The disastrous economic meltdown started by the sub-prime lending fiasco in America has now spread globally. The United Nations Security Council has met in an emergency session at its New York headquarters and voted that all banks in the world need immediate rescuing. Coordinated bailout plans, involving both civilian and military operations have commenced worldwide.
One of the first banks to be rescued is the Left Bank in Paris. "La Rive Gauche must be saved at all costs", stated charge-d'affair Serge Noyade. "There is so much colourful history on the left bank of the Seine. How could we let the charming and trendy Latin Quarter, St Germain, La Sorbonne, the Eiffel Tower go under? Mais non! Mon Dieu! C'est impossible!"
On the other side of the English Channel, Dad's Army volunteers have been trying to shore up London's South Bank. "The Thames is just as historic and important as the Seine", asserted Lord Winthorpe Soggy-Bottom, who is directing the efforts. The South Bank is the heart and soul of London's cultural and arts centre, and adorned by brutalist architecture such as the National Theatre and the Royal Festival Hall. "These reviled and ugly concrete monstrosities uplifted our spirits after the war and must be preserved. Of course, the London Eye is nothing but an eye-sore and can sink with the Eiffel Tower as far as I am concerned," huffed and puffed Lord Soggy-Bottom.
Across the Atlantic, the Canadians are frantically attempting to bail out the Grand Banks of Newfoundland. "Whoever called the Grand Banks of Newfoundland 'shallows' is clearly mistaken", reported Captain Jean Garçon d'eau of the Royal Canadian Mounted Police - Gendarmerie royale du Canada. "We've been bailing with buckets for 16 hours non-stop and haven't even made a dent in St George's Bay yet." Garçon d'eau added, "We have hauled in quite a few cod pieces, though, which is a good thing. Sacrebleu! This water is cold as hell. All our helmets have turned blue."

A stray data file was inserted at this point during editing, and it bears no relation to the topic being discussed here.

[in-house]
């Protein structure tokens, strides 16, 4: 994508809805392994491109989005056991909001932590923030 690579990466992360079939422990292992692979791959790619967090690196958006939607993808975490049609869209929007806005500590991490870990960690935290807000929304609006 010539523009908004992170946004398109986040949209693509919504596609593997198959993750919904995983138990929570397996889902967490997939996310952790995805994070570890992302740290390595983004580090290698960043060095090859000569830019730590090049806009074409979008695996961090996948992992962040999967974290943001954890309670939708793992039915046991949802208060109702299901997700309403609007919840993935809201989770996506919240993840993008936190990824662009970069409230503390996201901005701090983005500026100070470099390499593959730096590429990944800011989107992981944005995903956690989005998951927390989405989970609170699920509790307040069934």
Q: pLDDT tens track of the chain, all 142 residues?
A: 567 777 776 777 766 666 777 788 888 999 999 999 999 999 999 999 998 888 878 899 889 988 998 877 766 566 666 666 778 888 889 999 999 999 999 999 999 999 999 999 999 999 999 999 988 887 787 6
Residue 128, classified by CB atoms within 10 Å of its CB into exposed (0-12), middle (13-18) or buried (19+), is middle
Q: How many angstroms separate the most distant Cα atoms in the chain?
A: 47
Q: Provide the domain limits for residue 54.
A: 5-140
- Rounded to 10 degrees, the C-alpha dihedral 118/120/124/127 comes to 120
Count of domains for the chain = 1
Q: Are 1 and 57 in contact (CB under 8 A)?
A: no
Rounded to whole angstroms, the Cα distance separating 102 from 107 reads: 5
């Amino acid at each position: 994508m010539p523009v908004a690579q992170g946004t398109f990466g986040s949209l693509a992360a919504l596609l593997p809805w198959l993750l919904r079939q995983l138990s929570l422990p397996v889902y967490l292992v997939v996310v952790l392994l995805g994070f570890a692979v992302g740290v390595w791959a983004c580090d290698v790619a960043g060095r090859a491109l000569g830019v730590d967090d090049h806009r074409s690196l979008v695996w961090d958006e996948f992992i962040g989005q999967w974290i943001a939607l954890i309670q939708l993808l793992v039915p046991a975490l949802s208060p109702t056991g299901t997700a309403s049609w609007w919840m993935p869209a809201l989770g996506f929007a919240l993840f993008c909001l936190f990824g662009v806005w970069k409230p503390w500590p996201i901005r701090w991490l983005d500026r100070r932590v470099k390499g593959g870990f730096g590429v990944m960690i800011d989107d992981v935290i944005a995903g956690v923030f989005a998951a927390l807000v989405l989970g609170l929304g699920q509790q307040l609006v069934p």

Elsewhere in the world, there have been extraordinary examples of international cooperation. In the Middle East Israel, Jordan and Palestine have set aside political, religious and ethnic differences to bail out the West Bank and Gaza Strip. "Israel has never wanted to see the West Bank go under", asserted Tzabar Luegner, Israeli Prime Minister for 45 minutes this morning. "We only built the wall to keep them from getting flooded with international aid. This morning the Knesset has voted funding to raise the wall another two meters to further protect the West Bank." Jordanian palace spokesman Abd Al-Malik also spoke of the historic brotherhood between Jordanians and Palestinians. "Jordan has sent an emergency shipment of 12 buckets to the West Bank and another 5 buckets to Gaza. We will also bring up the topic of saving the West Bank and Gaza at the next Arab Summit to be held at the new $1 billion Burj Dubai skyscraper in 2012."
The global banking crisis has now seeped into every niche market as well. Today, both the Nobel and Chinese Celebrity Sperm Banks have acknowledged that they have overdrawn on their deposits and reserves and will be included in the UN bailout. "Sperm banks are slippery business in the best of times," warned Hans Knudstrom from the Nobel Sperm Bank in Oslo. "But we are a brainy bunch and intend to mop up this problem. There will be no stain on the great name of Nobel, and you can take that to the bank." Zi Jing, director of the state-run celebrity sperm bank in south west China's Sichuan province, pleaded for hands-on assistance. "Right now we are in a crisis. We need buckets and buckets of bailout. The Chinese People's Liberation Army is single-handedly working around the cock (clock). The young men are exhausted but are not complaining."
Due to a computer glitch, many individuals have ended up unexpectedly benefiting from the worldwide bank bailout. Everyone in the world with the surname Banck, Bank, Banke, Banks, Bankes, and Banker have received electronic bank transfers in the billions of pounds over the past 24 hours from the Bank of England. In an attempt to put a positive spin on the latest government records kafuffle, Chancellor Alistair Darling claimed it was only right. "Our researchers at the National Archives at Kew have informed me that 'Bank' is essentially an English surname of Danish-Viking derivation, originally given to a person who lived on the slope of a hillside or riverbank. There's no more slippery or precarious place than that, so they deserve that cash bailout as much as anyone."
One lucky recipient, Abayomi Banks, who runs his internet scam business from an internet café in Lagos, Nigeria, was overjoyed at receiving £1.3 billion in his bank account. "Hallelujah! I've sent out bogus emails to everyone in the western world for the past 15 years asking for money, and the most I've ever gotten back was $250,000 from that lady in Des Moines. God and the Bank of England have answered my prayers. Praise be!"
UN spokesperson, Daisy Charade cited the above example as definite progress to shore up all the world's banks. "With coordinated efforts and initiatives like that, the banking crisis will soon be history. It's a little too early to celebrate, as it's only 4:15 p.m. New York time, but as soon as we hear that closing bell over on Wall Street, you can bet the entire UN staff will be hitting the bars harder than usual."